The Breakfast Club: New bike

Sunday, 29 Jan 2017

Markus finally made room in his garage for a bike to replace his crashed GS. I believe this is the first SMBCer new bike of the year, but not by much. Neil says the FZ09 he ordered will be here in a week to ten days.

Some views of the 300 mile old ‘16 Africa Twin.

Special report


Poul Anderson’s Pacific Coast Honda has been a familiar sight on SMBC rides for a good many years. That distinctive red profile has outlasted other, newer and sexier machines, which have come and gone.

As a retired airline mechanic, Poul is a pretty handy guy with machinery. For example, the 1959 Austin Cambridge automobile sitting under a tarp in his driveway is equipped with two fuel tanks, an example of Paul’s handiwork. (But Poul’s interesting auto collection is a good story for another day.)

So when the trusty Honda came down with an electrical gremlin on a recent ride, Poul used his AMA membership benefit, and got the bike trailered back to his home in Palo Alto, although not without some difficulty, and inexpert tow practices. Servicing the battery and electrical system, he was soon good to go again.

Until after breakfast at Hobee’s the next Sunday. No electrical power, no go.

Let’s call that AMA line again, OK? Whoops, we put the cell phone on the charger, to make sure it was strong and ready. And it is, but it’s still sitting on the charger back at the house.

Well every SMBC rider has friends with cell phones, so we’ll just tell a pal, and help will be on the way. Except that the AMA folks weren’t so sure this time, as to whether they could find someone to come with the right tow equipment. Several calls later, and the outcome was still in doubt.

Fortunately, a pal with a mobile phone is also a pal with a card from another outfit offering motorcycle road assistance. A call to BAM (a couple of calls, back and forth actually) led to a ‘volunteer’, Ian, who could drive his pick-up to Hobee’s and help with the hurting Honda.

But then the AMA folks came through, and suddenly here was a fellow driving a Heavy Duty RAM 3500 turbo diesel pickup, towing a very handy tilt-up flat bed trailer. This very brusque gentleman quickly explained that he had deferred another call to get us done, and so time was of the essence. In no time at all, he had Poul’s now not so trusty bike mounted and secured, and was off in a roar of diesel dust.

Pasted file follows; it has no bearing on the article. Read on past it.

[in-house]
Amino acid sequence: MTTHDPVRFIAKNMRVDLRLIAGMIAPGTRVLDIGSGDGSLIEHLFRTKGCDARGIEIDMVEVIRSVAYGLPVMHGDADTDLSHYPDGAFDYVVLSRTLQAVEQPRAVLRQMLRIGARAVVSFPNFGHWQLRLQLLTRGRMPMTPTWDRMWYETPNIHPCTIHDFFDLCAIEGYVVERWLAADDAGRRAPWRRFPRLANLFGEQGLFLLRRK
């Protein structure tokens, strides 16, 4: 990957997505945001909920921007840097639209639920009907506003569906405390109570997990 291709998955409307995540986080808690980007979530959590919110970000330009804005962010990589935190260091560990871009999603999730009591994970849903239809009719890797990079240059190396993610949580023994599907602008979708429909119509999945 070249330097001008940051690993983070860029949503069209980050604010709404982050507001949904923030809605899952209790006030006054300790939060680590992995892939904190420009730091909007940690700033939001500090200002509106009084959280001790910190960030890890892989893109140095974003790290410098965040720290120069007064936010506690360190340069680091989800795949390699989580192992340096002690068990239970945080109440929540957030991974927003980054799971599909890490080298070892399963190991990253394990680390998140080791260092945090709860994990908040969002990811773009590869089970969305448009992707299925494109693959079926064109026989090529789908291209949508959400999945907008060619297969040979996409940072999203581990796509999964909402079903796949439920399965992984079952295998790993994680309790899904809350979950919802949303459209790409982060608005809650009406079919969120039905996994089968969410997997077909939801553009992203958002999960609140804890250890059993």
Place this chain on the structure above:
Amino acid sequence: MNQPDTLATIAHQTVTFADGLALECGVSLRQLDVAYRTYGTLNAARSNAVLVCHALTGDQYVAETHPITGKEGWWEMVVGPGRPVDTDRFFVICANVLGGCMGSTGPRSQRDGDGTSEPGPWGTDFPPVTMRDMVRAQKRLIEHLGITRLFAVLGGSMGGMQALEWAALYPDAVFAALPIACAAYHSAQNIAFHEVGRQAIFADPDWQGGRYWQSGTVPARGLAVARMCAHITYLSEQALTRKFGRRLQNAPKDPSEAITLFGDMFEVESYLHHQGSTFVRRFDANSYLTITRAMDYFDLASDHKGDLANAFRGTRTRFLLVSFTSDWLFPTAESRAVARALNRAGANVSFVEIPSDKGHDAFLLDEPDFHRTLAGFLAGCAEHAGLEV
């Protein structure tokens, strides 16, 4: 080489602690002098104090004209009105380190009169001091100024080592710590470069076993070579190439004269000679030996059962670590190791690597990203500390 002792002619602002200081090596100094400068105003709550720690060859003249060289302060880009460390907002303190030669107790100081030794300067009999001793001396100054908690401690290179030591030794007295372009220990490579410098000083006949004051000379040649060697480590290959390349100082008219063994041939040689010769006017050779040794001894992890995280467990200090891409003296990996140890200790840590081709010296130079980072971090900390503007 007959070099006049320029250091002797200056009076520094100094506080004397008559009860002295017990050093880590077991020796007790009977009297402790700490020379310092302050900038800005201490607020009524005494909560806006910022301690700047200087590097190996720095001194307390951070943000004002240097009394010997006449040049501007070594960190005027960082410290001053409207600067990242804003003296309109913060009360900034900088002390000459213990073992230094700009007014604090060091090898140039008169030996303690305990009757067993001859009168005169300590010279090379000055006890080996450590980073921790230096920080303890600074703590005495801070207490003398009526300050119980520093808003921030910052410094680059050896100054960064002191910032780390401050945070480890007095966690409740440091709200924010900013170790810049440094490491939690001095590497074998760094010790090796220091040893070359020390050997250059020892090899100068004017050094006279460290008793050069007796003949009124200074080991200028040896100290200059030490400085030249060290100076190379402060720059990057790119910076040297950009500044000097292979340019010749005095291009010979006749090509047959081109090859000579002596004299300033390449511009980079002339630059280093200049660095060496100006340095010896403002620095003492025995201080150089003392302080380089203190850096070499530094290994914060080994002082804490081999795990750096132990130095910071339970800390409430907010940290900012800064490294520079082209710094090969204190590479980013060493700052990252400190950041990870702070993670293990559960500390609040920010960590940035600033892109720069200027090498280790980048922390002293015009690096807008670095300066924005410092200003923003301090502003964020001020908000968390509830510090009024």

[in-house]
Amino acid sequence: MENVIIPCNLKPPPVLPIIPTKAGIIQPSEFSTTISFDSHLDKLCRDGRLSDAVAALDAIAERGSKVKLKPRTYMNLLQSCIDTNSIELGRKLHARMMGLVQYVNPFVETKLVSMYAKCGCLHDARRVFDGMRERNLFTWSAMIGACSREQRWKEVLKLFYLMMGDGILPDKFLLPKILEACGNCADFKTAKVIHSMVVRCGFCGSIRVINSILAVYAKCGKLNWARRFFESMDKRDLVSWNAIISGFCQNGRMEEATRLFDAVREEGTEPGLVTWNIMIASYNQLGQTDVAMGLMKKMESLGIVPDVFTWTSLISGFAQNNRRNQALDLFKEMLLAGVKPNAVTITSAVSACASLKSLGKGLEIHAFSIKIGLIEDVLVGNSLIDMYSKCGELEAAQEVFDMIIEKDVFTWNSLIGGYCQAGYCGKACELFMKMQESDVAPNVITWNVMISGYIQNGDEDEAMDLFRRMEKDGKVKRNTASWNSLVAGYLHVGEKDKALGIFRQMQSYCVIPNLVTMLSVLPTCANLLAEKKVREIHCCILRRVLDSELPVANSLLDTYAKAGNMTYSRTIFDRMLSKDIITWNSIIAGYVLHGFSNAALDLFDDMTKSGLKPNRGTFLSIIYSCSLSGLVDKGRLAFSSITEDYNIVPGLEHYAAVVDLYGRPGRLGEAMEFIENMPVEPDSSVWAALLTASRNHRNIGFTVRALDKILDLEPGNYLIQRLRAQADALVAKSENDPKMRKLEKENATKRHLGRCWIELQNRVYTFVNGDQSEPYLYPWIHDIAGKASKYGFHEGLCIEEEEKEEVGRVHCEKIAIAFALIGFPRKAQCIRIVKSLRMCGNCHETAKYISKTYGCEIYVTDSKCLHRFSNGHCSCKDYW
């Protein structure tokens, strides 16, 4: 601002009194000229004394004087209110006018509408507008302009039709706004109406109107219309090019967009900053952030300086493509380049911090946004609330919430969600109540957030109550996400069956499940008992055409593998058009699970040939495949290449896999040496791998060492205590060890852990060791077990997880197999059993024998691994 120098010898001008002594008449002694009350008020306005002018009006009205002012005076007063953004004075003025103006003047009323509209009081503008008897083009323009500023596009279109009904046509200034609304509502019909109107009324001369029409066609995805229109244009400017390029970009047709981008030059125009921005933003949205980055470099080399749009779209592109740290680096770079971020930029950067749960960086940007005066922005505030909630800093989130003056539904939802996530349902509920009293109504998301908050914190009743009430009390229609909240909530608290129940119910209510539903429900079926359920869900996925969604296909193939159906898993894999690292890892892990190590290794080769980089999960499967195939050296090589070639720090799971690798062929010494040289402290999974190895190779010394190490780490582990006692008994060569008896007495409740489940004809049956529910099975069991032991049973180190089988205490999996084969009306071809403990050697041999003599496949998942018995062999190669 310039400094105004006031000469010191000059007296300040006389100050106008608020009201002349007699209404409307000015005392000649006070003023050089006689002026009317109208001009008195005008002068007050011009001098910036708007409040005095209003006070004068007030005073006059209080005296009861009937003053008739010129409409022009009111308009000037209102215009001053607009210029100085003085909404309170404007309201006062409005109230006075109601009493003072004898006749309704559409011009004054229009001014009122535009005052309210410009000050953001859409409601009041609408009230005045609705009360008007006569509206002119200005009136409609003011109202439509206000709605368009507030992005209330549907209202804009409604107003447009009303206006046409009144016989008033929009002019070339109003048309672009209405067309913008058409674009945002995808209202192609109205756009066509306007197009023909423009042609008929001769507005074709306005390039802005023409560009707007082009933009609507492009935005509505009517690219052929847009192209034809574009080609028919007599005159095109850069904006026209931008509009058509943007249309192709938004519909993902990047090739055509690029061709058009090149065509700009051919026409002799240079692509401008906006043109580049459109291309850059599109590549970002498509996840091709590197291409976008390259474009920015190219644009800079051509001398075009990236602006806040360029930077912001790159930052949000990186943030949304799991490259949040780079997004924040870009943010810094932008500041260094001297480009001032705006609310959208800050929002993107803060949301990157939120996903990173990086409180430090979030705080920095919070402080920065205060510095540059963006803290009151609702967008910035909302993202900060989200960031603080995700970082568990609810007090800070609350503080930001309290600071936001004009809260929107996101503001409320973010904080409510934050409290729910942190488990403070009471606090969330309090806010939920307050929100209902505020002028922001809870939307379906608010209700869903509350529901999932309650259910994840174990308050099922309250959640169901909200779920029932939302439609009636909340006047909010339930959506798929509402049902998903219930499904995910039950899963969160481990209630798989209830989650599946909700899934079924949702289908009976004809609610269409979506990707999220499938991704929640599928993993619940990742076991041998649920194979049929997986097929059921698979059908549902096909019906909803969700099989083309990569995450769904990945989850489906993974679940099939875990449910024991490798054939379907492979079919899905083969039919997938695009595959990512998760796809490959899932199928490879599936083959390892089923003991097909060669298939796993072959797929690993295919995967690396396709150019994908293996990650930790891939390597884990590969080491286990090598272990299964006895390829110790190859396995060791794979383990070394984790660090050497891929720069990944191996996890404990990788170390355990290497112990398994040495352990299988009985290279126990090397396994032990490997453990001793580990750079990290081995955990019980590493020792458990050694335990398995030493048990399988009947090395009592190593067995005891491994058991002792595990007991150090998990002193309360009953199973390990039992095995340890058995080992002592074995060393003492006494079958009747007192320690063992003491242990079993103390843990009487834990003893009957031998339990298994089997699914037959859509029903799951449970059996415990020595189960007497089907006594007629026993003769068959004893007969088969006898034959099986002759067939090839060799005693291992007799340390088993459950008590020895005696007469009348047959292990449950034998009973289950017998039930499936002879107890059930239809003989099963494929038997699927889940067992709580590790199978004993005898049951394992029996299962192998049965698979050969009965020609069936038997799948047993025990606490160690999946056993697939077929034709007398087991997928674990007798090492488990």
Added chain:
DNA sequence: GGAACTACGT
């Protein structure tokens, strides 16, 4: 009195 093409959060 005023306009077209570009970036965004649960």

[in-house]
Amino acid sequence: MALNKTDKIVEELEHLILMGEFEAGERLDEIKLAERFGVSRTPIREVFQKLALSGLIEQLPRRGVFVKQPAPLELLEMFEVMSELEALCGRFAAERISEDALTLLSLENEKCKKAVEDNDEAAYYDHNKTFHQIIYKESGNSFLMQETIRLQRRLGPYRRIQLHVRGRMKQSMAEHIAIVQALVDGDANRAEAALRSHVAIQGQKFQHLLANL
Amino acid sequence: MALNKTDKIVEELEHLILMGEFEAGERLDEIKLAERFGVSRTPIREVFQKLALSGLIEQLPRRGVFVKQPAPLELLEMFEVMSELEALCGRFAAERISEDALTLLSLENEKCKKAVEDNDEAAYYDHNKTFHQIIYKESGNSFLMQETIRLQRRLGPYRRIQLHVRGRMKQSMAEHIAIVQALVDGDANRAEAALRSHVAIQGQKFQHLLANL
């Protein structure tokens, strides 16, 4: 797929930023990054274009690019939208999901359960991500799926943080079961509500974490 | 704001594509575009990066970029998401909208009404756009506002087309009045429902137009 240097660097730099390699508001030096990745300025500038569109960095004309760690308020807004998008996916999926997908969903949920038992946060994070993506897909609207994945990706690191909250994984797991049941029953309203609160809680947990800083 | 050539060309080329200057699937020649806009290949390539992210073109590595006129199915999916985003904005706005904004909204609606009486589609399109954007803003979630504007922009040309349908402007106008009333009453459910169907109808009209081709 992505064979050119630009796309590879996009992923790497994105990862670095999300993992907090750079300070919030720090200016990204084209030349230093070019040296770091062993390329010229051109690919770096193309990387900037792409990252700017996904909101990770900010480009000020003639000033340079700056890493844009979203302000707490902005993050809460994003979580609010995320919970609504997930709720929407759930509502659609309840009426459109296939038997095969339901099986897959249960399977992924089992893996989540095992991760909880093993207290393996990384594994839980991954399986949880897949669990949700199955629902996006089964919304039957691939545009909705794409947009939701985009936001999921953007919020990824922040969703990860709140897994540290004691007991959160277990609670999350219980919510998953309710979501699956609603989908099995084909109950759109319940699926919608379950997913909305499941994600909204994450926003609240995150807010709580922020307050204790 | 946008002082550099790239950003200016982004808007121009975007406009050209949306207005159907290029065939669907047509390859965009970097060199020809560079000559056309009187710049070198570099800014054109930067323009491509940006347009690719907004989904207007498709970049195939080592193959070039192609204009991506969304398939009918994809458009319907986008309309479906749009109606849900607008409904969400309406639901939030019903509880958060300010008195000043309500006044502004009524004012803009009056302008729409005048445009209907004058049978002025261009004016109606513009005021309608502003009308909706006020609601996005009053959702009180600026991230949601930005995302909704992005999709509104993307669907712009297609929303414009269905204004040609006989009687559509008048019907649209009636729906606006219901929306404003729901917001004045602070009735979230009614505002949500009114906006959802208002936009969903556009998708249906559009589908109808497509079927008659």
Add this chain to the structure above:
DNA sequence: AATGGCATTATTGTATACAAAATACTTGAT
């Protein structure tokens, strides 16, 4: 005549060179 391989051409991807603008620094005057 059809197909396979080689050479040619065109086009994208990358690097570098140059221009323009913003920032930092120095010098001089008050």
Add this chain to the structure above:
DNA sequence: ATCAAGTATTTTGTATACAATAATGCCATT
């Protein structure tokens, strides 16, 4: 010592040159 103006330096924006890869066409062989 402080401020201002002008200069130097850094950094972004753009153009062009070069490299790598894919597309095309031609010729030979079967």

By the time the pal could call Ian to cancel his kind offer, and don a helmet, the tow rig was long gone and speeding down highway #85 towards Palo Alto. It was all the pal could do to catch them by the time we all reached #101.

Exiting at Embarcadero, the pal caught a red light, and nearly lost the grey Ram again, but fortunately just barely caught up, despite a turnoff towards Paul’s home. A few quick photos, and it was observed that Poul, the tow guy and the pal were all old enough to be wearing hearing aids, and has anyone ever seen a tow truck with a disabled plate before? The pal had not.

Anyway, the driver just as quickly had the bike off the trailer, and the three of us handily got it onto Poul’s driveway, and off roared the big diesel rig once again, before we could even ask this very capable and experienced gentleman his name. But he sure knew his stuff, and wasted absolutely no time whatsoever getting Poul and the pesky Pacific Coast home intact. While he left behind no silver bullet, he was nearly faster than a speeding one.

As we go to print, we learned that Poul has consulted the manual, and diagnosed an alternator which is not properly alternating, from its perch deep inside the engine. It remains to be seen whether the once trusty red PC will be seen at breakfast again, at least anytime soon.

Reported from the field by the pal.
(Jerry Grainger)